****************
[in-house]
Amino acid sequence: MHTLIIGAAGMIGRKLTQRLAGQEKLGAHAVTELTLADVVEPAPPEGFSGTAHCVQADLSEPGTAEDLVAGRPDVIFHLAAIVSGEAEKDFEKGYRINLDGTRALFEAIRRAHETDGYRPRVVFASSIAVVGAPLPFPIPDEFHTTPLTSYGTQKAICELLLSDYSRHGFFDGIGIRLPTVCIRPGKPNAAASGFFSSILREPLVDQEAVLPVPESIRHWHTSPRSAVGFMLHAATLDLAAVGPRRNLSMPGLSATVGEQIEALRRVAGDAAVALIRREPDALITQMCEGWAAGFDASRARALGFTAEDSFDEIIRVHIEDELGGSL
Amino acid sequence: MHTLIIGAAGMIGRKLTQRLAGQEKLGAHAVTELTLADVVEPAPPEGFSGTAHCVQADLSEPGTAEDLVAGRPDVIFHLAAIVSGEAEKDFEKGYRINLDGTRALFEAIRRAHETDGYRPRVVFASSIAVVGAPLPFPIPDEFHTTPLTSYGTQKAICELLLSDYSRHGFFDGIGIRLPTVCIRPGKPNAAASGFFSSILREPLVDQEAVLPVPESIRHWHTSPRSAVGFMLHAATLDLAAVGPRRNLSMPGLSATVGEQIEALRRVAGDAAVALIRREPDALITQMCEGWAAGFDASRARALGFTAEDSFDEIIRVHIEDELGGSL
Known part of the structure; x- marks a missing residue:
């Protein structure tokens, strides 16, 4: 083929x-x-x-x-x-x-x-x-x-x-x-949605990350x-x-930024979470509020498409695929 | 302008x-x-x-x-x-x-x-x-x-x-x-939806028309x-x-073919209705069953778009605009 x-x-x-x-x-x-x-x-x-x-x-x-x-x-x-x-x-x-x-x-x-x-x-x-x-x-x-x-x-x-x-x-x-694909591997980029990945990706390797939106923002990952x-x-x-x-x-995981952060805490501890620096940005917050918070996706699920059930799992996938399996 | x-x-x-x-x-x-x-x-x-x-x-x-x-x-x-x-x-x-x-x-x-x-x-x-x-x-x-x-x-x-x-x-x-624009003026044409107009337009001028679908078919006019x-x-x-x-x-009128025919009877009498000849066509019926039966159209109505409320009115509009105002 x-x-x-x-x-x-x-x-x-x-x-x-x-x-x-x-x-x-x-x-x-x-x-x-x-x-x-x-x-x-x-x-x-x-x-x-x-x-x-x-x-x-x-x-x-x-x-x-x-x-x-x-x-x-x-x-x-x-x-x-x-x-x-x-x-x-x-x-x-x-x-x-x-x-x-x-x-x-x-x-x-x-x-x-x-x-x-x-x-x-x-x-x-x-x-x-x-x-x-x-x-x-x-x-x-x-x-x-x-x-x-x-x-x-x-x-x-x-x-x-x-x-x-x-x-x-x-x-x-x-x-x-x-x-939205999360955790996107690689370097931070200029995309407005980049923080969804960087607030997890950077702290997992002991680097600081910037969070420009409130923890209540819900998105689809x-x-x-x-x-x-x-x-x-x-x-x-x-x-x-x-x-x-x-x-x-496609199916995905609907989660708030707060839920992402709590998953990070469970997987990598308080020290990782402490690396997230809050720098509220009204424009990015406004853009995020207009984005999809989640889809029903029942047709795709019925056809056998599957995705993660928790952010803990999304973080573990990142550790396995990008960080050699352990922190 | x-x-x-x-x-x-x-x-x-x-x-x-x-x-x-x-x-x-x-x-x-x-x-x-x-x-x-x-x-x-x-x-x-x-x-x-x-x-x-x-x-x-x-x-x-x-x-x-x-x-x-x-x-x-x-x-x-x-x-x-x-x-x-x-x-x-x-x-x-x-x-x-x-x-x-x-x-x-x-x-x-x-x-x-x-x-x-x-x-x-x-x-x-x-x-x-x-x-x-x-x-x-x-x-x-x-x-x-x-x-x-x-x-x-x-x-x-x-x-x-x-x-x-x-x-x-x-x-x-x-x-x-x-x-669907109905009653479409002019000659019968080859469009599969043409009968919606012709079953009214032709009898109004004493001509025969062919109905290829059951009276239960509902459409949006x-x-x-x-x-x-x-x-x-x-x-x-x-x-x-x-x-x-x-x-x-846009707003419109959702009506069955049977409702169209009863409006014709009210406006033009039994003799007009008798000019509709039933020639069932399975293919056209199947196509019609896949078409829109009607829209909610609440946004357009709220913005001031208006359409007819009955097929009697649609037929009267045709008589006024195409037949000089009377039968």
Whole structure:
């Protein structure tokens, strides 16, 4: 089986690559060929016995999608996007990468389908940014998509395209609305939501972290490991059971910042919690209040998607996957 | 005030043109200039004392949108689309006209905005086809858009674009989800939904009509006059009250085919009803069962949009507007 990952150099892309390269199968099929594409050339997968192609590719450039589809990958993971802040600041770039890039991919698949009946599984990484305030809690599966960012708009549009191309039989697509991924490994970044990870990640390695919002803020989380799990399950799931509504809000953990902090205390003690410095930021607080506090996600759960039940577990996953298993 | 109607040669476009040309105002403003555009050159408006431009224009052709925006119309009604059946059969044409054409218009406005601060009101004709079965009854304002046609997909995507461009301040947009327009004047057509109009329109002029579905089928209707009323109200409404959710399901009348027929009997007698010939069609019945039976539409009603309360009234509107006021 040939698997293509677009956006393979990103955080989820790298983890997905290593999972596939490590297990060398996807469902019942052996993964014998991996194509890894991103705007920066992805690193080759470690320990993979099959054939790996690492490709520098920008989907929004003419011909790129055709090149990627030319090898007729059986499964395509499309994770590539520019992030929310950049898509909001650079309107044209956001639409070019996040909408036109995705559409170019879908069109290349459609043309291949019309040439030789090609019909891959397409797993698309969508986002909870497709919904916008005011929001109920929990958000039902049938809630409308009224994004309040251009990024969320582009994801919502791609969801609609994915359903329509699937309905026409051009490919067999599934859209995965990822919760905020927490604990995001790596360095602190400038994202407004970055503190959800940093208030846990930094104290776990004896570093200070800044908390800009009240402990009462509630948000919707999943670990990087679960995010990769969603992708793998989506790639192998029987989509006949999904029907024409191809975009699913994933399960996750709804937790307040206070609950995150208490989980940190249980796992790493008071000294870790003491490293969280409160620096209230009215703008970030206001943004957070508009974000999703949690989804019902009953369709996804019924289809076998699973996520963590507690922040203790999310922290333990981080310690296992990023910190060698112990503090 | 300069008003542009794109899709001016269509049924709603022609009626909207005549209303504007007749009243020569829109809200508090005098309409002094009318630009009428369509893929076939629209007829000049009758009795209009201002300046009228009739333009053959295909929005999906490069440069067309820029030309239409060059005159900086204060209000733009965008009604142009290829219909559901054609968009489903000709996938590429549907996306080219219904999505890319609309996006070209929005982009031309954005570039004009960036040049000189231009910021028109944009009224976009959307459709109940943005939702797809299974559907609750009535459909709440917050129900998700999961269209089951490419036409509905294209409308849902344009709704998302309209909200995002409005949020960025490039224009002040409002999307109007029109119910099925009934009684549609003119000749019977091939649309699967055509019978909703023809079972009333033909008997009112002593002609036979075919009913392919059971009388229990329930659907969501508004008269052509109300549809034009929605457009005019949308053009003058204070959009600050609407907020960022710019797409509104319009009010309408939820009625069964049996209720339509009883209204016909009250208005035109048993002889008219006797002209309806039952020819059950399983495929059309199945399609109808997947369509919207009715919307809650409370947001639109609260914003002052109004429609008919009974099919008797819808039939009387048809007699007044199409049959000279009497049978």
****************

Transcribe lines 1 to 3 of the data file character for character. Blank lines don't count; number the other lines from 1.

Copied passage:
[in-house]
Amino acid sequence: MHTLIIGAAGMIGRKLTQRLAGQEKLGAHAVTELTLADVVEPAPPEGFSGTAHCVQADLSEPGTAEDLVAGRPDVIFHLAAIVSGEAEKDFEKGYRINLDGTRALFEAIRRAHETDGYRPRVVFASSIAVVGAPLPFPIPDEFHTTPLTSYGTQKAICELLLSDYSRHGFFDGIGIRLPTVCIRPGKPNAAASGFFSSILREPLVDQEAVLPVPESIRHWHTSPRSAVGFMLHAATLDLAAVGPRRNLSMPGLSATVGEQIEALRRVAGDAAVALIRREPDALITQMCEGWAAGFDASRARALGFTAEDSFDEIIRVHIEDELGGSL
Amino acid sequence: MHTLIIGAAGMIGRKLTQRLAGQEKLGAHAVTELTLADVVEPAPPEGFSGTAHCVQADLSEPGTAEDLVAGRPDVIFHLAAIVSGEAEKDFEKGYRINLDGTRALFEAIRRAHETDGYRPRVVFASSIAVVGAPLPFPIPDEFHTTPLTSYGTQKAICELLLSDYSRHGFFDGIGIRLPTVCIRPGKPNAAASGFFSSILREPLVDQEAVLPVPESIRHWHTSPRSAVGFMLHAATLDLAAVGPRRNLSMPGLSATVGEQIEALRRVAGDAAVALIRREPDALITQMCEGWAAGFDASRARALGFTAEDSFDEIIRVHIEDELGGSL